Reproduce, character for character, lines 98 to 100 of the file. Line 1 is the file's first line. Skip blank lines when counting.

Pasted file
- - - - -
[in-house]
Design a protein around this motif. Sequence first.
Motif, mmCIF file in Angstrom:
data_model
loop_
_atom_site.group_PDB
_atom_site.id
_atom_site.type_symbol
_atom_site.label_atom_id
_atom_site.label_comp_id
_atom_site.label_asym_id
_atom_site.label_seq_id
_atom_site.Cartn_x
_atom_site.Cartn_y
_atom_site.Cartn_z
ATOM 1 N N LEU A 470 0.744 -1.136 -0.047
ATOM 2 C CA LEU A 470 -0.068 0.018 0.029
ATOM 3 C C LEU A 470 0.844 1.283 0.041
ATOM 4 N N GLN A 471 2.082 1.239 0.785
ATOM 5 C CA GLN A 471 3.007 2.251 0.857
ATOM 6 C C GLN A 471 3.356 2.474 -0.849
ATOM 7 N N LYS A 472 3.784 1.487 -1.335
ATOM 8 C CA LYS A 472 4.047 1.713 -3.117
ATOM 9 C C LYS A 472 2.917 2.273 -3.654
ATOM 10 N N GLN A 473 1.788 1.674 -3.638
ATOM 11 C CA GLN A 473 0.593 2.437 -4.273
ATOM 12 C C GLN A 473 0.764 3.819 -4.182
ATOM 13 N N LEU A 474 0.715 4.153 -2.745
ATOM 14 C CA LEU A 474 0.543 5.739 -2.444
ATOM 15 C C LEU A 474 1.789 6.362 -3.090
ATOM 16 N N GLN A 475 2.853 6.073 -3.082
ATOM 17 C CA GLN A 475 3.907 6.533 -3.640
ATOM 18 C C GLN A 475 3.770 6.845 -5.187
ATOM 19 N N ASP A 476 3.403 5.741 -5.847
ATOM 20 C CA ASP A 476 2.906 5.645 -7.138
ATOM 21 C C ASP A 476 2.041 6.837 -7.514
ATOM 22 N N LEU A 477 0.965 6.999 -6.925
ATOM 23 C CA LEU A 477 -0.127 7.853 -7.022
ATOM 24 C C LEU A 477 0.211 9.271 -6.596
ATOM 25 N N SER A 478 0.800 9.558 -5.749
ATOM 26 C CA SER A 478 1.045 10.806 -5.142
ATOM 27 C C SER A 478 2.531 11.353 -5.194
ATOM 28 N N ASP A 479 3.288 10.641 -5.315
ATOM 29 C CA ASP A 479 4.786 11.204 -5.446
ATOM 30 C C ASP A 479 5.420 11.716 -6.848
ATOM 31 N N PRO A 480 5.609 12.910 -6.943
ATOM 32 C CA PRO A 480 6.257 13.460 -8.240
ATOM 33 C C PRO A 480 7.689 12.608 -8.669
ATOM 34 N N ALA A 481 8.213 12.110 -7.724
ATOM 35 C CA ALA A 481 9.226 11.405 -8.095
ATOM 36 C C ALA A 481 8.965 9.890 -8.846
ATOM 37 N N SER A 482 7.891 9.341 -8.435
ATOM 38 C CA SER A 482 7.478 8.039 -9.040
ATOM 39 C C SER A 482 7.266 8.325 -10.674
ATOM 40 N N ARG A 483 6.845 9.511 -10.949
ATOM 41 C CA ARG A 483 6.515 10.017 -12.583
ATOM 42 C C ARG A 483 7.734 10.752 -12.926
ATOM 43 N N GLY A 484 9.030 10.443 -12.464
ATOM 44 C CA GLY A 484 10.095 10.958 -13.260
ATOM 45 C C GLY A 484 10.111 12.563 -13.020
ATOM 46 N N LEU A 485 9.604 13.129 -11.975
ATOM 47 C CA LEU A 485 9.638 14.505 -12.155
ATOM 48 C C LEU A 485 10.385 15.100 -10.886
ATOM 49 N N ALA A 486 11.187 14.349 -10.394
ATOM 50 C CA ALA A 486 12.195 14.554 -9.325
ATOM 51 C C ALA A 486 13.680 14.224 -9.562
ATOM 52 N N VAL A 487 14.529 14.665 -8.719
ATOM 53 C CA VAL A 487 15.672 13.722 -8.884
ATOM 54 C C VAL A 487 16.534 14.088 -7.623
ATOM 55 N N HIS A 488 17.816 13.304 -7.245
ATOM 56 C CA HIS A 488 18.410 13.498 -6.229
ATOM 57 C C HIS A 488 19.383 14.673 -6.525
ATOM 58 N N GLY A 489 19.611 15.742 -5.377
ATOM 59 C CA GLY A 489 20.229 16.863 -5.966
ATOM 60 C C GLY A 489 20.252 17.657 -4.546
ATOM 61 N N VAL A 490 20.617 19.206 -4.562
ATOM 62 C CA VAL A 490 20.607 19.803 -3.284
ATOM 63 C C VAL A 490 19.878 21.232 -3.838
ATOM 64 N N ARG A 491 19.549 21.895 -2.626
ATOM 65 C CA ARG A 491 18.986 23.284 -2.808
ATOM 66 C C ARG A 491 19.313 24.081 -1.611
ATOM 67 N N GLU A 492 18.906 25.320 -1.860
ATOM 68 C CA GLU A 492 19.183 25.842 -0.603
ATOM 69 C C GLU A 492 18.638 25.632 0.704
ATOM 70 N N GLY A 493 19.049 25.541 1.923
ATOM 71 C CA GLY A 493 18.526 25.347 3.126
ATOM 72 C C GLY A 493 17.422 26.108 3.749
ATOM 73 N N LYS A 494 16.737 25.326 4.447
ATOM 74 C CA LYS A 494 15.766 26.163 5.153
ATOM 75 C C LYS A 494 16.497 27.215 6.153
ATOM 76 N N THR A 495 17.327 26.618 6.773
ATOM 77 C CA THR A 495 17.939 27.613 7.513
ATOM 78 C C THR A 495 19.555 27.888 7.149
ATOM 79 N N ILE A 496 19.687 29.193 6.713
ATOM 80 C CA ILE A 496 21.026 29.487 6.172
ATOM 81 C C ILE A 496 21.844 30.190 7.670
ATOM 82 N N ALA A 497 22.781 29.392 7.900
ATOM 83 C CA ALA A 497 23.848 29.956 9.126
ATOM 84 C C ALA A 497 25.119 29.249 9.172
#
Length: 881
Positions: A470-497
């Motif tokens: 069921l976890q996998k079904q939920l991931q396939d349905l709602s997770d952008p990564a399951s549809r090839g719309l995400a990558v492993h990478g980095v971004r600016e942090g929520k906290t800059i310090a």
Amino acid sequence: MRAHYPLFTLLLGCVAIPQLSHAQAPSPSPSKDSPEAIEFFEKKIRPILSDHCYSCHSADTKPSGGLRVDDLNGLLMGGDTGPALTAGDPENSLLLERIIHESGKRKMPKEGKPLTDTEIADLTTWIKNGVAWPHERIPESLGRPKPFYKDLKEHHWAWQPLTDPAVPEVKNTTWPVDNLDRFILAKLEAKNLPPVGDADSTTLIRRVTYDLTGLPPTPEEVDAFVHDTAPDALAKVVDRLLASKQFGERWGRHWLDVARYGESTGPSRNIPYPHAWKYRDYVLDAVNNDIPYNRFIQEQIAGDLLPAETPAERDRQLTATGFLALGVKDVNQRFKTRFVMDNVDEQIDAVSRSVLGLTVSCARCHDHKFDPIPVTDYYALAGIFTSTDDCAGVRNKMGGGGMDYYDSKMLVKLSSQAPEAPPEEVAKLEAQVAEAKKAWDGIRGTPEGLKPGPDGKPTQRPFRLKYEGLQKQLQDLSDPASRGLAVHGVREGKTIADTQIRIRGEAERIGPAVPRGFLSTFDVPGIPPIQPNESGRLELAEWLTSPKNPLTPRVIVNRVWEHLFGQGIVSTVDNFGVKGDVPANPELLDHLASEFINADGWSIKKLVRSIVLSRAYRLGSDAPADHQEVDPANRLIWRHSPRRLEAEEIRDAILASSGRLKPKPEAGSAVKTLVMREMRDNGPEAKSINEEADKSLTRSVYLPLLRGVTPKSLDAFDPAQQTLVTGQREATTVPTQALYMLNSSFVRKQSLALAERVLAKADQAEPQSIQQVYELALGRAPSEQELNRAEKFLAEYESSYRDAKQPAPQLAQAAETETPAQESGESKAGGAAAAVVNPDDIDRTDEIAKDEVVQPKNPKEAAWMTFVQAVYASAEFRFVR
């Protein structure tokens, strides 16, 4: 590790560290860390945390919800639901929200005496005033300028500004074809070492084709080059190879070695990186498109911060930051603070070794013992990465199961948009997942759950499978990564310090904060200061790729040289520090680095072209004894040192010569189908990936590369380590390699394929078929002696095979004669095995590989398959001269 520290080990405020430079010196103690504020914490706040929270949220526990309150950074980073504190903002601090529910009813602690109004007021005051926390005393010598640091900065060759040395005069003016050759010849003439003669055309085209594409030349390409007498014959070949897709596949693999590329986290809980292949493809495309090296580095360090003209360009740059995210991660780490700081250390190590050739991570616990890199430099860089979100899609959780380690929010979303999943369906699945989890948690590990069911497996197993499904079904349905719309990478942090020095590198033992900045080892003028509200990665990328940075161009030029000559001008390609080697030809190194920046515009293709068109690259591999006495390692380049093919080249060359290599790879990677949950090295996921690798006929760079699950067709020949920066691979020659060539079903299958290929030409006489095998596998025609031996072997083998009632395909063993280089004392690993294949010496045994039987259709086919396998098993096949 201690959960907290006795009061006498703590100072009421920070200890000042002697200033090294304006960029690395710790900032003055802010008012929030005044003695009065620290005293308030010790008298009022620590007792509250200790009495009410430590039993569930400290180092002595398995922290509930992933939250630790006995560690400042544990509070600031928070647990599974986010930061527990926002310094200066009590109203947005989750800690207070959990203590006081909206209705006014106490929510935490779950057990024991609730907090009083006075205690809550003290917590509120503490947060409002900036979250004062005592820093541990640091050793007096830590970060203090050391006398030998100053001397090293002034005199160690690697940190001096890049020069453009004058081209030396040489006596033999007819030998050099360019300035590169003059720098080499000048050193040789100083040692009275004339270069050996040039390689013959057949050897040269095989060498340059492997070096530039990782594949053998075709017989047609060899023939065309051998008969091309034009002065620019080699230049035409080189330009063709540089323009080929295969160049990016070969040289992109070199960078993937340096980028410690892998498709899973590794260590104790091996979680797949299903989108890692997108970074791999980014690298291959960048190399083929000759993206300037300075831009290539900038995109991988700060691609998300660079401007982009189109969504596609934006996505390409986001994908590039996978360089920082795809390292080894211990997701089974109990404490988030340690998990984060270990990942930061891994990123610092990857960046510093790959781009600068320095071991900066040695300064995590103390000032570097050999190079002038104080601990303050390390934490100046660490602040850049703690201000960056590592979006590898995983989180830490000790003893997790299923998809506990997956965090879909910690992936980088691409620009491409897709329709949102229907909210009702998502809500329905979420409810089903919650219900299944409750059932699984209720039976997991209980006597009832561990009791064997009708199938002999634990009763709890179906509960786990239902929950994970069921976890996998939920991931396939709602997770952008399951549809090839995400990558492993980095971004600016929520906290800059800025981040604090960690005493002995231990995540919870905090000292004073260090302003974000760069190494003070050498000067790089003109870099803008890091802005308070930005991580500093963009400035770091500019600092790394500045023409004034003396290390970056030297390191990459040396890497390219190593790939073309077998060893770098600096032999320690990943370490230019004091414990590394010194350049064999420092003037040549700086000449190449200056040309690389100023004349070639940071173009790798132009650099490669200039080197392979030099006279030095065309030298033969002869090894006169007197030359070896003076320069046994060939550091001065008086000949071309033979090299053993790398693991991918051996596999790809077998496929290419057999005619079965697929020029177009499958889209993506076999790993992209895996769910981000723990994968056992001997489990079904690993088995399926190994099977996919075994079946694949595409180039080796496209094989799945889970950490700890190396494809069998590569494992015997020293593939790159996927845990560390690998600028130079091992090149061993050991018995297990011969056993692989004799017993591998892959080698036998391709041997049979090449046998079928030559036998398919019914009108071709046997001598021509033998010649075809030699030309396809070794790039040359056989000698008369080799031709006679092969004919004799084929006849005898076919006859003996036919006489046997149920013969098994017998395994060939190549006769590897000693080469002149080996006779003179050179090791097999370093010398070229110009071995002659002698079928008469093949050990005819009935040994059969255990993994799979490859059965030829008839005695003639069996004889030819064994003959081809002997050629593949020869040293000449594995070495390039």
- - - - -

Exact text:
ATOM 83 C CA ALA A 497 23.848 29.956 9.126
ATOM 84 C C ALA A 497 25.119 29.249 9.172
#